My Muse has standards for me but, fortunately, a forgiving disposition. If I let my work lapse, she relents after I get recommitted to trudging up the straight and narrow path.

    She makes allowances for my fallibility, but it would be a really reckless idea to take her forgiveness for granted.

  9. Tom Matte on November 16, 2011 at 6:00 pm

    I would love for you to post the comments from the first time you ran this back in March of 2010. I loved it then and still do.

    The Muse is like any other boss; she values talent, yes, but what she favors even more is devotion, dedication, perseverance. When she sees our butts in our seats, she can’t help herself; “Okay, okay, I’ll give this poor sucker a couple of ideas today.”

    That sounds so real and true. I like the idea of her being pleased with my dedication. If truth be told I could not imagine doing anything else other than my chosen proffession…even when things are tough and all I do is imagine doing something else.

  10. Brandy on November 16, 2011 at 8:17 pm

    I just had a baby and am trying to get back into the habit of writing. Never since I set out to conquer resistance several years ago have I had to deal with so much of it! Of course, some things in my right now life aren’t resistance – I must take care of my son when he needs me. But MAN. Resistance has me from all sides now – telling me I can’t be a writer because I’m too tired, or the house is too messy or *insert lame mommy excuse here*.

    This post is so timely because after melting down last week because writing with a newborn on top of the other stuff in my life really is a LOT, I devised a schedule for myself – and writing starts out the day! And the big idea behind my plan is to get in the habit!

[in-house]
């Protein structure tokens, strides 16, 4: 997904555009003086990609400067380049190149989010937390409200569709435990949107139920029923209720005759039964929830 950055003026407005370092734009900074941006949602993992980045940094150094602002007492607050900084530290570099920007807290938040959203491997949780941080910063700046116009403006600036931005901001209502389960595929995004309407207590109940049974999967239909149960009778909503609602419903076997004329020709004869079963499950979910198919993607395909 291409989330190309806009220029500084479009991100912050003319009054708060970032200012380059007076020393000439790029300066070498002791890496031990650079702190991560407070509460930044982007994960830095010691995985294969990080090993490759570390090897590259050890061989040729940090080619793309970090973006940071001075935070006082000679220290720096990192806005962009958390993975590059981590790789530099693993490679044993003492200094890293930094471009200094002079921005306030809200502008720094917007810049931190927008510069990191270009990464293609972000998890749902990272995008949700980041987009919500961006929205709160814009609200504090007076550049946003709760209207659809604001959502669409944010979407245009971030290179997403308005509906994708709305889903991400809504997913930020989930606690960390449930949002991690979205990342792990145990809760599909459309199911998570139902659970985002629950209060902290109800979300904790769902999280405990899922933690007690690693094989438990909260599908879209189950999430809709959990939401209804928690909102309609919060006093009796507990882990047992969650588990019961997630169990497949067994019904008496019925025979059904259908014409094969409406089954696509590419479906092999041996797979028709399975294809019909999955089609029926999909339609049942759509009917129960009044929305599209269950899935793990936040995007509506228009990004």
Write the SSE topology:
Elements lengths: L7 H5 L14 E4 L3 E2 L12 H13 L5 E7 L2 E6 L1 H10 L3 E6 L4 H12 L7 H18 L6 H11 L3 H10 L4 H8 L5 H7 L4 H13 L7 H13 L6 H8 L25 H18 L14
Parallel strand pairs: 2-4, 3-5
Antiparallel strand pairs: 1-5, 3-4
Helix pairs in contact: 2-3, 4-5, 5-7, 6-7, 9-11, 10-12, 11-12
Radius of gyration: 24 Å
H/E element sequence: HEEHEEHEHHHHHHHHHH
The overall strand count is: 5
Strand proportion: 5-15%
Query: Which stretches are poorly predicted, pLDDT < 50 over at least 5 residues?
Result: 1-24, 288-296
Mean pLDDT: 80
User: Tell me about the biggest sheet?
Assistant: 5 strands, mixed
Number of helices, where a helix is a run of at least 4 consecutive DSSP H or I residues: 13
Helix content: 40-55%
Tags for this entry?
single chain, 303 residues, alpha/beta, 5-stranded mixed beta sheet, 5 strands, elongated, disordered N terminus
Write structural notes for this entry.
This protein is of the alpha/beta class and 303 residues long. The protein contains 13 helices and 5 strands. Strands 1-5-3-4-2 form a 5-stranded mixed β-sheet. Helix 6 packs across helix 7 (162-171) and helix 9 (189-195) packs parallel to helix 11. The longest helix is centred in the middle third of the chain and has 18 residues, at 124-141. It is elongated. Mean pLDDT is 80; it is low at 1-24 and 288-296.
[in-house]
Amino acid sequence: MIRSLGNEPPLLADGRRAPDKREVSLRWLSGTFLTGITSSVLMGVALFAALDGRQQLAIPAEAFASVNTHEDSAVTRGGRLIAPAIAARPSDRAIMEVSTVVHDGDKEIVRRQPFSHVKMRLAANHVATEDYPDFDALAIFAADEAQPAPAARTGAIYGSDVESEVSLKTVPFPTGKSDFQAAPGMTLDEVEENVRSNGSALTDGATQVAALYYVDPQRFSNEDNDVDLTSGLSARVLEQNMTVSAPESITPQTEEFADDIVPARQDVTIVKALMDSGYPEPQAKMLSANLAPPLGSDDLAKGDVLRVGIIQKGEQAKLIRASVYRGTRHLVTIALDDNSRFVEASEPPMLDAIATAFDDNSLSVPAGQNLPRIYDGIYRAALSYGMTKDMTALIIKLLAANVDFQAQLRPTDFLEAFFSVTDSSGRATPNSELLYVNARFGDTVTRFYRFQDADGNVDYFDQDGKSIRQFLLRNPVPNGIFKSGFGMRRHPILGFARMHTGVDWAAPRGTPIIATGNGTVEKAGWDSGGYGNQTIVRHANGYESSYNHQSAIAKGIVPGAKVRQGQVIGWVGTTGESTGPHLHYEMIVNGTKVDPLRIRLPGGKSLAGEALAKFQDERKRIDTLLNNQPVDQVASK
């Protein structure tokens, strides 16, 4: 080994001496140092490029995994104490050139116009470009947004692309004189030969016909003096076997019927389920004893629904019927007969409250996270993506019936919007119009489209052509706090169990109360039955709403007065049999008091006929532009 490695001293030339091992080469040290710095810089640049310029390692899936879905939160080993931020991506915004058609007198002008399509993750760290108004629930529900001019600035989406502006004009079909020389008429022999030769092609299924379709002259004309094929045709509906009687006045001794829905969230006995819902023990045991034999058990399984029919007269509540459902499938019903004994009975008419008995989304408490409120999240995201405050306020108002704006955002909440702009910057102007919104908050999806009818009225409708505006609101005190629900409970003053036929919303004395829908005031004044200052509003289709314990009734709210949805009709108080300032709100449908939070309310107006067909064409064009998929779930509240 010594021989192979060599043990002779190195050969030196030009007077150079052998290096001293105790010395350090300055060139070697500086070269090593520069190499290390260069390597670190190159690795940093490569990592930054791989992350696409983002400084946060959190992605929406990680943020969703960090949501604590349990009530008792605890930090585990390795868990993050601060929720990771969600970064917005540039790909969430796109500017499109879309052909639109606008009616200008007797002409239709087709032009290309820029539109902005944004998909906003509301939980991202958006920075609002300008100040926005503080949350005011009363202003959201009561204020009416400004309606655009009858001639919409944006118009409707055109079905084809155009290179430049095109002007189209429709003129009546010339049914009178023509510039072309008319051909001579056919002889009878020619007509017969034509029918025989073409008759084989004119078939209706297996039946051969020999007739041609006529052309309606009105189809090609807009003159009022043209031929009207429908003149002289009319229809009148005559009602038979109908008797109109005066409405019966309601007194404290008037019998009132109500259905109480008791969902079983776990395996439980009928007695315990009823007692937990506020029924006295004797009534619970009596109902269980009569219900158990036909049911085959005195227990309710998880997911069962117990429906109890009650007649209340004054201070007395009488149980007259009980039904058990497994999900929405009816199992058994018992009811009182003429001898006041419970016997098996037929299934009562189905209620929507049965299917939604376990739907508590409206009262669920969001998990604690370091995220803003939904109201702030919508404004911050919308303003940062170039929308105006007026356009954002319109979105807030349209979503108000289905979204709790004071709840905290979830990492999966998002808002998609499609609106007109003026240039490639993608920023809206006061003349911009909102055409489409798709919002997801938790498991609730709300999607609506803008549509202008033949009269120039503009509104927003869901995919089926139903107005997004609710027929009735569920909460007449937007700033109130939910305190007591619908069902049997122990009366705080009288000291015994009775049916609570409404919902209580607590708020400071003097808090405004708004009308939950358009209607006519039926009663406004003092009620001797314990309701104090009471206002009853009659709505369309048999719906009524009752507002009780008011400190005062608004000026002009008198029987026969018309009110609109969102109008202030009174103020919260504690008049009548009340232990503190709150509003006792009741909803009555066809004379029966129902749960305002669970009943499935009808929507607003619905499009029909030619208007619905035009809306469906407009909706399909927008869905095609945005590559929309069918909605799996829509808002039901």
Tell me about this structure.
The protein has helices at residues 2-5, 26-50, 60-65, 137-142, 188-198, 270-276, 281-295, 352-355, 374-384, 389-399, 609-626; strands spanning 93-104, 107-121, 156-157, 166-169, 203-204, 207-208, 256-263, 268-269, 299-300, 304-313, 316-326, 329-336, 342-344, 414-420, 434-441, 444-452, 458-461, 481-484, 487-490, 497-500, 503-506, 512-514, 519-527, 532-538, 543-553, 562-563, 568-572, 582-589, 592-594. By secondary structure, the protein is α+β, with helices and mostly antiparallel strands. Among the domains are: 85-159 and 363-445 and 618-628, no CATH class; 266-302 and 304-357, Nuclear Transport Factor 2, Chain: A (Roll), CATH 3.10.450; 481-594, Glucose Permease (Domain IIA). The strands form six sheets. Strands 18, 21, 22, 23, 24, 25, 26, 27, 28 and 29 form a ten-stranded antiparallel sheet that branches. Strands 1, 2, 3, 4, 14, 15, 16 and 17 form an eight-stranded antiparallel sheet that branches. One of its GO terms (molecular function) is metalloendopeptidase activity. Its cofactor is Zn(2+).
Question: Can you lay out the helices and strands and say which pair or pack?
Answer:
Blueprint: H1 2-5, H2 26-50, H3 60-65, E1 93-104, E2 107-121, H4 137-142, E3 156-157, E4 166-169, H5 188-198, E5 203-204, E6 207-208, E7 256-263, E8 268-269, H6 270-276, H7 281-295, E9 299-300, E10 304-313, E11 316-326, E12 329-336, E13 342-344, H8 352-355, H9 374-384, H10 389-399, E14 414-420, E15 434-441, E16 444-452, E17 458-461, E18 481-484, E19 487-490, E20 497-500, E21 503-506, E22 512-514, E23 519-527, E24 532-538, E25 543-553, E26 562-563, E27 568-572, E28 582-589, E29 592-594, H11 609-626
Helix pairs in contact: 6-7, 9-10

Thank you for this post. It’s a welcome confirmation that I’m on the right track.

  11. Ulla Lauridsen on November 16, 2011 at 11:32 pm

    Thank you. James Altucher has inspired me to write my own daily practise, but I gave only partial thought to making it a habit, or routine. You’re right, habits are powerful.
    I like the idea of sitting without neither hope nor fear. I need to do that, as I’m propelled towards writing by hope and then doesn’t write anything because of the fear (exactly like you wrote in The War of Art). The hope is as bad as the fear. I just need to do the work without any thought as to outcome.

  12. Dawn Pier on November 21, 2011 at 3:34 pm

    Just stumbled across this NY Times article that examines the 10,000 hour rule… Interesting reading…now we all need to have our IQs and working memory capacities measured so we know if we should bother with the writing habit at all. 😉

  13. Valeria Keasey on November 28, 2011 at 12:54 pm

    i had to refresh the page moments to watch this page for some reason, on the other hand the data the following is worthy of a wait.

  14. Clarinda on December 18, 2011 at 9:58 am

    Your tihinnkg matches mine – great minds think alike!

  15. Nobody on November 1, 2023 at 12:23 am

    Great minds think geometry dash online alike. I hope can find more posts about this topic.